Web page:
Mountain View Correctional Facility


Photo  2007 Paul Dunfee

Jeff Morin, Superintendent 

1182 Dover Road
Charleston, Maine 04422
(207) 285-0880

Fax: (207) 285-0836

The Mission of Mountain View Correctional Facility is to protect the public by providing a safe and secure environment for our staff and prisoners.  A dedicated team of professionals provide treatment programs and model behavior to promote rehabilitation and reintegration back to families and communities.  We offer education, vocational and real-world work opportunities, along with graduated furloughs to promote successful re-entry; thereby promoting public safety.

Information About

Population Capacity: 374 adult male beds; 20 male/female juvenile beds
Custody Levels: Medium, Minimum, and Community Custody males
Number of Staff: 170


Charleston Correctional Facility

The Charleston Correctional Facility (CCF) is located on the site of the former Charleston Air Force Station in Charleston, Maine.

1980 - CCF opens under the administrative control of the Maine Correctional Center.
Capacity: 30 male prisoners

1981 to 1985 - A second dorm is opened.
Population increases: 62 male prisoners

1985 - A third dorm is opened. CCF splits away from the Maine Correctional Center and assumes primary responsibility for development and operation of facility.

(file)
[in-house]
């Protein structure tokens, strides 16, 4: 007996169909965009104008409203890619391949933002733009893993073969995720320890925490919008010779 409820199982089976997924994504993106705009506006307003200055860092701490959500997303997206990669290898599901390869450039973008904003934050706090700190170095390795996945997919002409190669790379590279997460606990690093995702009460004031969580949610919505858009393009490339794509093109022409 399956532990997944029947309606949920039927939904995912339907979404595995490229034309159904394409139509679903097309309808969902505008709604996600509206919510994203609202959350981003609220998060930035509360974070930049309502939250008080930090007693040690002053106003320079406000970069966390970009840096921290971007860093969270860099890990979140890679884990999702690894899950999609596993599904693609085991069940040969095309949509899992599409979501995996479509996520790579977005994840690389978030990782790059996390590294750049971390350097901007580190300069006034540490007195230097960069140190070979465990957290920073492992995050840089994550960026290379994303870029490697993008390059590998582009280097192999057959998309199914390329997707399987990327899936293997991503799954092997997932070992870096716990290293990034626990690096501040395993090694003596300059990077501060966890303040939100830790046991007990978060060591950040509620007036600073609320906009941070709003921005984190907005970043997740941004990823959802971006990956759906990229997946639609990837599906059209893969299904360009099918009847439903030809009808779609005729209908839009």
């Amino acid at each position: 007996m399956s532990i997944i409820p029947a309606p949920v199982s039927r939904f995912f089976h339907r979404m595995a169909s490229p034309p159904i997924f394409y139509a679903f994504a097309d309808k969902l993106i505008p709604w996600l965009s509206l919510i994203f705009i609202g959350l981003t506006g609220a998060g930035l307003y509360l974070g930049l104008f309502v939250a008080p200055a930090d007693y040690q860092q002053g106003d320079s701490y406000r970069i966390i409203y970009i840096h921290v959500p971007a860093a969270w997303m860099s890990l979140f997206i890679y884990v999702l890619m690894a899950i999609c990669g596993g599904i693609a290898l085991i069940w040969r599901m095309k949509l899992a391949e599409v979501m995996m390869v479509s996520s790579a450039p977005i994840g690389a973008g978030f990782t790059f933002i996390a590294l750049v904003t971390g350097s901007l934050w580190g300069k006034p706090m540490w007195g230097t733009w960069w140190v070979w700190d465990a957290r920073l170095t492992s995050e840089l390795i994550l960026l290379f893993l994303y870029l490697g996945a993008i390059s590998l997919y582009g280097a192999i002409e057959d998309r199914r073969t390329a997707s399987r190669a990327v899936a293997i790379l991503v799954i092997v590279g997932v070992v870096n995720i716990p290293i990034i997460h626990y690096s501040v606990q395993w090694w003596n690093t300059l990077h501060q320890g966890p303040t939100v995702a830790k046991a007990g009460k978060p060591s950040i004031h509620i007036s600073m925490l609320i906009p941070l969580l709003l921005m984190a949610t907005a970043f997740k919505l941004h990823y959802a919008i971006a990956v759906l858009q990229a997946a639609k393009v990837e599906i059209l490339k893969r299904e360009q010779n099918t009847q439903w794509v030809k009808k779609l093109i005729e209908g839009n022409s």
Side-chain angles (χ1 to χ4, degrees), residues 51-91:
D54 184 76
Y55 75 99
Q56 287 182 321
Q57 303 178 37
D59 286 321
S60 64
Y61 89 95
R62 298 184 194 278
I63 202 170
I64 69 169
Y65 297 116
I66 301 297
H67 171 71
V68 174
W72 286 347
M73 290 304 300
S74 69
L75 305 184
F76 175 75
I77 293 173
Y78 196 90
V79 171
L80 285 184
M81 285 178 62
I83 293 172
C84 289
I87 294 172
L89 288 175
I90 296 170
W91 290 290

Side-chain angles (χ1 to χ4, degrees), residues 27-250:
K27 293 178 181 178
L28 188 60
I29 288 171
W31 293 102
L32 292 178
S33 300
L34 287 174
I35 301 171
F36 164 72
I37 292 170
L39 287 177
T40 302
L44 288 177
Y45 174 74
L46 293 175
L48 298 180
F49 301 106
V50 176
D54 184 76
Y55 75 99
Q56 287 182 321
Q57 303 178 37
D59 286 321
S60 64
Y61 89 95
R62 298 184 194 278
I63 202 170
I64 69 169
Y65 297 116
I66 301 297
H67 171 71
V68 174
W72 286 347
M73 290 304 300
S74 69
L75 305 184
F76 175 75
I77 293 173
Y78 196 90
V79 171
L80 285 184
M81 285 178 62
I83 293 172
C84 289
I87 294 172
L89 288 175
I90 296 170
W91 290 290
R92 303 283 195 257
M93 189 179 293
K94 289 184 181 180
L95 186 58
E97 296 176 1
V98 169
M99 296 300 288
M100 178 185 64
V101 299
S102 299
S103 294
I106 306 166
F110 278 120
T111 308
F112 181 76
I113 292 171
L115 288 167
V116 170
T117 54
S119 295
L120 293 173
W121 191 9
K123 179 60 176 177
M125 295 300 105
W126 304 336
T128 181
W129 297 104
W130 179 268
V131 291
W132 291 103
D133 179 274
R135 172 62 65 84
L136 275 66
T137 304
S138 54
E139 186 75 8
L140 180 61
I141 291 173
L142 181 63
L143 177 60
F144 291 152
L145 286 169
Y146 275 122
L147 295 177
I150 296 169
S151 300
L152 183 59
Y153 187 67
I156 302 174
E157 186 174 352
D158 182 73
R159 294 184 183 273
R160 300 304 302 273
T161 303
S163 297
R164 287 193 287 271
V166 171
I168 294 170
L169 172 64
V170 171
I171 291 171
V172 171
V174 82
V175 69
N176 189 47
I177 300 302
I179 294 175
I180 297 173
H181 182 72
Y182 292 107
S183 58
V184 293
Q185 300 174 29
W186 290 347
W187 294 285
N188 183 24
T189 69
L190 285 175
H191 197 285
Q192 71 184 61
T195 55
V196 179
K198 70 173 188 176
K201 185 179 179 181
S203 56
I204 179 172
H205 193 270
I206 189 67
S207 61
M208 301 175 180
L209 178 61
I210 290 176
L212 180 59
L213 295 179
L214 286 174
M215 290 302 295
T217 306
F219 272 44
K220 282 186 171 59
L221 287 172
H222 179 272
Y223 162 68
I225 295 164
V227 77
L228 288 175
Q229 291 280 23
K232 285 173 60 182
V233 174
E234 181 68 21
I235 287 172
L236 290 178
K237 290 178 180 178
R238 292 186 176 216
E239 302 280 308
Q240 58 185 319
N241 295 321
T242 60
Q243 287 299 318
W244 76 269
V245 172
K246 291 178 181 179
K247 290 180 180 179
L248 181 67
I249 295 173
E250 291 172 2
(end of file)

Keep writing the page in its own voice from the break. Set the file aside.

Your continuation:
Population increases: 93 male prisoners

1990 - Growth in State’s prisoner population necessitates construction of new “bat wing dorm.”
Population increases: 143 male prisons.  During the next nine years CCF’s prisoner population grows to 180+ with four dormitories open.

1999 - Facility becomes coed to house a segment of the rapidly expanding minimum security female prisoner population. One dormitory is closed.
Population adjusted: 131 male and 32 female prisoners

2001 - Major restructure of the Maine Department of Corrections. CCF is downsized-female population moved to new housing at the Maine Correctional Center in Windham and male population reduced.
Population adjusted: 75 male prisoners (with an overcrowd count of 95)

2007 - A second, 55 bed dorm is opened due to increase of inmates entering the prison system.
Average population: 145 male prisoners